Senior Hickenlooper Advisor Maisha Fields: “Policy is about baby steps…we say we want change, we can only really accept change incrementally”
Hickenlooper Campaign Fellow Quinn Egan: “It’s like, I don’t know, because it’s so contradictory”
Egan: “Wishy-washy” Hickenlooper better than voting for Sen. Cory Gardner
O’Keefe: “If the staffers are confused about Hickenlooper’s position on fracking, then it should not be a shock if the voters are confused.”
[DENVER—Oct. 15, 2020] Senate campaign staffers for former Colorado governor John W. Hickenlooper Jr. told a Project Veritas Action Fund journalist they are confused about the Democrat’s stand on fracking.
Maisha Fields, a senior advisor to the Hickenlooper’s Senate campaign, acknowledged the conflict in the former governor’s fracking position in a conversation with an undercover journalist.
Journalist: “It’s, again, don’t get me wrong, [Hickenlooper] has my vote, but I just wish he would denounce fracking.”
Maisha Fields: “Yeah—”
Journalist: “That is my biggest thing. I don’t understand why it’s necessary, I guess.”
Fields: “Policy is about baby steps, because no one wants to, no one, we are a country where although we say we want change, we can only really accept change incrementally and so that is why it’s so difficult. It’s not like he wants that same thing—but, realistically is everybody gonna vote for that? No. Will they vote for that eventually? Yes.”
Another campaign staffer Quinn Egan told the Project Veritas Action Fund journalist that she is also confused.
“Honestly, I have no idea. It’s like, I don’t know, because it’s so contradictory. Like, I don’t know,” said Egan, who is a political fellow with Hickenlooper’s Senate campaign.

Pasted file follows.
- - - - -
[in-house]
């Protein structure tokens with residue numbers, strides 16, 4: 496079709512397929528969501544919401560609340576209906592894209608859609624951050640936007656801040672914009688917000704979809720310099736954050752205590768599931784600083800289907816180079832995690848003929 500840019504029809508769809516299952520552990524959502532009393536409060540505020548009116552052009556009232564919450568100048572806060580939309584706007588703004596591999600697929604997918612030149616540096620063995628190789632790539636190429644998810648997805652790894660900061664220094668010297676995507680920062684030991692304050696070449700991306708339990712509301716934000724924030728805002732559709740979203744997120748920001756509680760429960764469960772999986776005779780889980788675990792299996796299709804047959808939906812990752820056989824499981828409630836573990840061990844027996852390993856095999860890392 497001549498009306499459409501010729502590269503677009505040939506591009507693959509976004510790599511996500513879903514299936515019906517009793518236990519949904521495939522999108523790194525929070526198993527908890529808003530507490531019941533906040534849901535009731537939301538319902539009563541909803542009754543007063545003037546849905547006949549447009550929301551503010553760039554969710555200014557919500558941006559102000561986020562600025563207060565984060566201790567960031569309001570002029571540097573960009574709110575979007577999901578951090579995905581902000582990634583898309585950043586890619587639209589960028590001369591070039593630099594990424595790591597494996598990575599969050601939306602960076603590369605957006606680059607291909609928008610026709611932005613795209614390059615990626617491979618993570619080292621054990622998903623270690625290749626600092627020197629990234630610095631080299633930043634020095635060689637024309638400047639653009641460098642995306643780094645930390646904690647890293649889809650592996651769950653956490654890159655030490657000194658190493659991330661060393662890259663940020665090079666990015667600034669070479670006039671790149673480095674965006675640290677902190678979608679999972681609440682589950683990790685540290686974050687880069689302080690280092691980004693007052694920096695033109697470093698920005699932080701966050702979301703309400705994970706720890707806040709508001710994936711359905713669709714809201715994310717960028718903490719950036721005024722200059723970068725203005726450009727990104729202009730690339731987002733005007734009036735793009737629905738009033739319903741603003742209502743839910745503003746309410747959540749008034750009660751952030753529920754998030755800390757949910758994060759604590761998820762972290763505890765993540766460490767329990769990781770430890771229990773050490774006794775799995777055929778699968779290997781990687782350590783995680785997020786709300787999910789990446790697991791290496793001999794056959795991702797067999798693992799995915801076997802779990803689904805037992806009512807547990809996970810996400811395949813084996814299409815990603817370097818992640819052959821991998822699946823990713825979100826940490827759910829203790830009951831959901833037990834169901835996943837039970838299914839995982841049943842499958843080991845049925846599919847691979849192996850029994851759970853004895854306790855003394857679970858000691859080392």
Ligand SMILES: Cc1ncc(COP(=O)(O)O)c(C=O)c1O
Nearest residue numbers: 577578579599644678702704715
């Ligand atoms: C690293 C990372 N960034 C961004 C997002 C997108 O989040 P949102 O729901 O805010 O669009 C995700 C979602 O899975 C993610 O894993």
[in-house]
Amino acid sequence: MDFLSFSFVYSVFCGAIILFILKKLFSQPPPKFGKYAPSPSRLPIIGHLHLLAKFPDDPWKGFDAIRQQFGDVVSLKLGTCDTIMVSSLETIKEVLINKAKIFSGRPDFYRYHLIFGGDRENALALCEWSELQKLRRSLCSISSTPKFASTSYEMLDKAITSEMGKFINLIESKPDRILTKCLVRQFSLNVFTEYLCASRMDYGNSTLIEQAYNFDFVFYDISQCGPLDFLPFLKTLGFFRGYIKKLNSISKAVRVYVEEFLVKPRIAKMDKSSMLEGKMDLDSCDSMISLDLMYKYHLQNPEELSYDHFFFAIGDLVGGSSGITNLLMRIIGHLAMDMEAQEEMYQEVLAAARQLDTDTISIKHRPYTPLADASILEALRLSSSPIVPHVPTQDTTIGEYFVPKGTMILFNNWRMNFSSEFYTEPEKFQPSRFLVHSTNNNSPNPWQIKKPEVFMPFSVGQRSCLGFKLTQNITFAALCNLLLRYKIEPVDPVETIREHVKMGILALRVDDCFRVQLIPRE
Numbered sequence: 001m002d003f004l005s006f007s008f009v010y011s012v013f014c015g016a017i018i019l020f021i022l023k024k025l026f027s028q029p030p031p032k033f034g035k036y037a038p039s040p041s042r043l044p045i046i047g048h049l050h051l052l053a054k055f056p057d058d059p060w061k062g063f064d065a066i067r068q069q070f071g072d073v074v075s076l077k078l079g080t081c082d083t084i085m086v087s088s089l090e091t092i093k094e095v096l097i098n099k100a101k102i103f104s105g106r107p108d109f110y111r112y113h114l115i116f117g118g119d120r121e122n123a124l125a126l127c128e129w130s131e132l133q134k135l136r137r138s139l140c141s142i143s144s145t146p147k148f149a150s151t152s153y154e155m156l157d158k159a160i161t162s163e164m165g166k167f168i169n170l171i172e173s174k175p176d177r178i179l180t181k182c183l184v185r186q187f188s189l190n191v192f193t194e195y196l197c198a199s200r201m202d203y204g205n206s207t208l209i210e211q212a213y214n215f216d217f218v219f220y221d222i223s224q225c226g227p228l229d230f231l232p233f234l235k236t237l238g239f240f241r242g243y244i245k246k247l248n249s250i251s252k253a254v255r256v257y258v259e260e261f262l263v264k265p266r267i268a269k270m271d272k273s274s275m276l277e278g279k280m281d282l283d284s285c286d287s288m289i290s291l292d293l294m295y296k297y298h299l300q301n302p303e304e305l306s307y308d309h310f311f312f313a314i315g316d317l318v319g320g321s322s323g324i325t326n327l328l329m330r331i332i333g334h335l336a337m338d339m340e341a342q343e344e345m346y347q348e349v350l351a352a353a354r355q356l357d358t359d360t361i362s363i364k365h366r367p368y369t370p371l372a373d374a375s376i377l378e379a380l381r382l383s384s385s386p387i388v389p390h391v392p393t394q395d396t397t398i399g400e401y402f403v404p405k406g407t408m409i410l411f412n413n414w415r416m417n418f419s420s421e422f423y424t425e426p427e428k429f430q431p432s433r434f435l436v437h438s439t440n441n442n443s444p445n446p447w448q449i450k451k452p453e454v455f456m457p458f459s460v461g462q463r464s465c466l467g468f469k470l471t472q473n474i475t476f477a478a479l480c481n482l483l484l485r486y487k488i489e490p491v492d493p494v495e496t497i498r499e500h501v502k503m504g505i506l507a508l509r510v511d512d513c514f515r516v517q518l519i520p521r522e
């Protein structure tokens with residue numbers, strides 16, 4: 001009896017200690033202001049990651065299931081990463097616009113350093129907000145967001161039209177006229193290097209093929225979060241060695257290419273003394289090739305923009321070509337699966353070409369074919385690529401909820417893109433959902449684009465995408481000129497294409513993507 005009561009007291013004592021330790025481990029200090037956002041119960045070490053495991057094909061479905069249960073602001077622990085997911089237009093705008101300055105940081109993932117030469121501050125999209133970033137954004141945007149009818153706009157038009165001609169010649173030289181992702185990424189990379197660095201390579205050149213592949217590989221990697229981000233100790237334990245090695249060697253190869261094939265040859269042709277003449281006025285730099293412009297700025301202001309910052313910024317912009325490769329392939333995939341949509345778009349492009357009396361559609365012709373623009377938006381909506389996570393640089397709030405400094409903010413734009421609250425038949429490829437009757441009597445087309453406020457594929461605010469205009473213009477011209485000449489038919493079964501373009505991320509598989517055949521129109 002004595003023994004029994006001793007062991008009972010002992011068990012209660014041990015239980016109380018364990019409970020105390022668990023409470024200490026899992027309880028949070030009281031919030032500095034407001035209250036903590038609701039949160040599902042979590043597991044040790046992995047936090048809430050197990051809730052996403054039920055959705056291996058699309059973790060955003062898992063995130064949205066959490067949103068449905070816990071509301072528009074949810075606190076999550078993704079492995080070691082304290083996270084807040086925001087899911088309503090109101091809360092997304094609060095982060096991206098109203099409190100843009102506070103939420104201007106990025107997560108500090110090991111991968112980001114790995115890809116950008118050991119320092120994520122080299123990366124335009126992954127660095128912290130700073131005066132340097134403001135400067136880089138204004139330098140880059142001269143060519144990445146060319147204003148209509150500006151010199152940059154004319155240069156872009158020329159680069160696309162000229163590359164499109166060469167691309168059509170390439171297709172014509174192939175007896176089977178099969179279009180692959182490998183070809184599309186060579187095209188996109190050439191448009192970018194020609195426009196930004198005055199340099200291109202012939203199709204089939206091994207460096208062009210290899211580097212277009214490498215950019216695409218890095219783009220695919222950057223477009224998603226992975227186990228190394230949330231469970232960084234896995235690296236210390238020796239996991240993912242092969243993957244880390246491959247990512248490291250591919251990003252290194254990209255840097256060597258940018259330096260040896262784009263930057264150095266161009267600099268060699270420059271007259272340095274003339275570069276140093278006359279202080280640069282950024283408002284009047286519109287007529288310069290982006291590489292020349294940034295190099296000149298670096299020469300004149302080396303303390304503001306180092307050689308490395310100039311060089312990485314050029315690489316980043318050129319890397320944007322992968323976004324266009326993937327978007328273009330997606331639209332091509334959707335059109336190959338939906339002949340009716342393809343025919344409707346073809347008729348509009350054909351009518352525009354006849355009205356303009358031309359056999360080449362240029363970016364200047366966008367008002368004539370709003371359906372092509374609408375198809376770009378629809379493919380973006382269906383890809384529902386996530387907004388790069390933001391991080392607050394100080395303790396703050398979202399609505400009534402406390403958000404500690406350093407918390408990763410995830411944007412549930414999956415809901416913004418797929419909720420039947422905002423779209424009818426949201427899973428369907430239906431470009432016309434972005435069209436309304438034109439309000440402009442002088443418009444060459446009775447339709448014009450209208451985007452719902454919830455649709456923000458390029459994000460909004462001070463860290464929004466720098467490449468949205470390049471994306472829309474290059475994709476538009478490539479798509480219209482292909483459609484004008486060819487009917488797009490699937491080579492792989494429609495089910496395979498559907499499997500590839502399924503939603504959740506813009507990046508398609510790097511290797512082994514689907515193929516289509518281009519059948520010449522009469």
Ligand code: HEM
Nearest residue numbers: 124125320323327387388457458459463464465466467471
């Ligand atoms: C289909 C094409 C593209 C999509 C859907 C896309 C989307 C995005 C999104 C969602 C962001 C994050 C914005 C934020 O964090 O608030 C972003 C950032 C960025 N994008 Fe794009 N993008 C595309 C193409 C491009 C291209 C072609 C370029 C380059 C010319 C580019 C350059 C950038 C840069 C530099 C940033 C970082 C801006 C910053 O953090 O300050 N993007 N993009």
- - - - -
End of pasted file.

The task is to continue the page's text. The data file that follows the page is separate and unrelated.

“Like what else can you do, you’re like, eh, I think you’re lying but, like you know I’d still, I’m not---like what’s worse?” she asked. “Something that he’s wishy washy on or voting for Cory Gardner? It’s sh*tty that we have to decide that, but like, still it’s like the two-party system at its finest.”
“I don’t think he fundamentally opposes fracking,” Egan said. “He’s said before that he like thinks it should still continue.”
James O’Keefe, the founder and CEO of the Project Veritas Action Fund, said, “If the staffers are confused about Hickenlooper’s position on fracking, then it should not be a shock if the voters are confused.”
O’Keefe said, “Hickenlooper offers two positions on fracking, but the voters get only one vote—getting answers from candidates and campaigns is a vital part of journalism, but the Colorado media dropped the ball.”
Fracking, or hydraulic fracturing, is the general term for the process of using high pressure steam or water to push and collect oil and gas trapped in shale rock formations and or otherwise inaccessible crevices. It is an alternative to traditional drilling and is responsible for the last decade’s boom in the American energy industry.
Environmentalists oppose fracking and the Green New Deal would ban the practice.
“On Hickenlooper’s own campaign website, the word ‘fracking’ is nowhere to be found,” said O’Keefe.
“It’s an issue he can’t escape. Colorado voters should demand a clear answer and perhaps Hickenlooper should actually make up his mind on the issue.”
About Project Veritas Action Fund
James O'Keefe established Project Veritas Action Fund in 2014 as a non-profit journalism enterprise to continue his undercover reporting work. Today, Project Veritas Action Fund investigates and exposes corruption, dishonesty, self-dealing, waste, fraud, and other misconduct in both public and private institutions to achieve a more ethical and transparent society. O'Keefe serves as the CEO and Chairman of the Board so that he can continue to lead and teach his fellow journalists, as well as protect and nurture the Project Veritas Action Fund culture. Project Veritas Action Fund is a registered 501(c)4 organization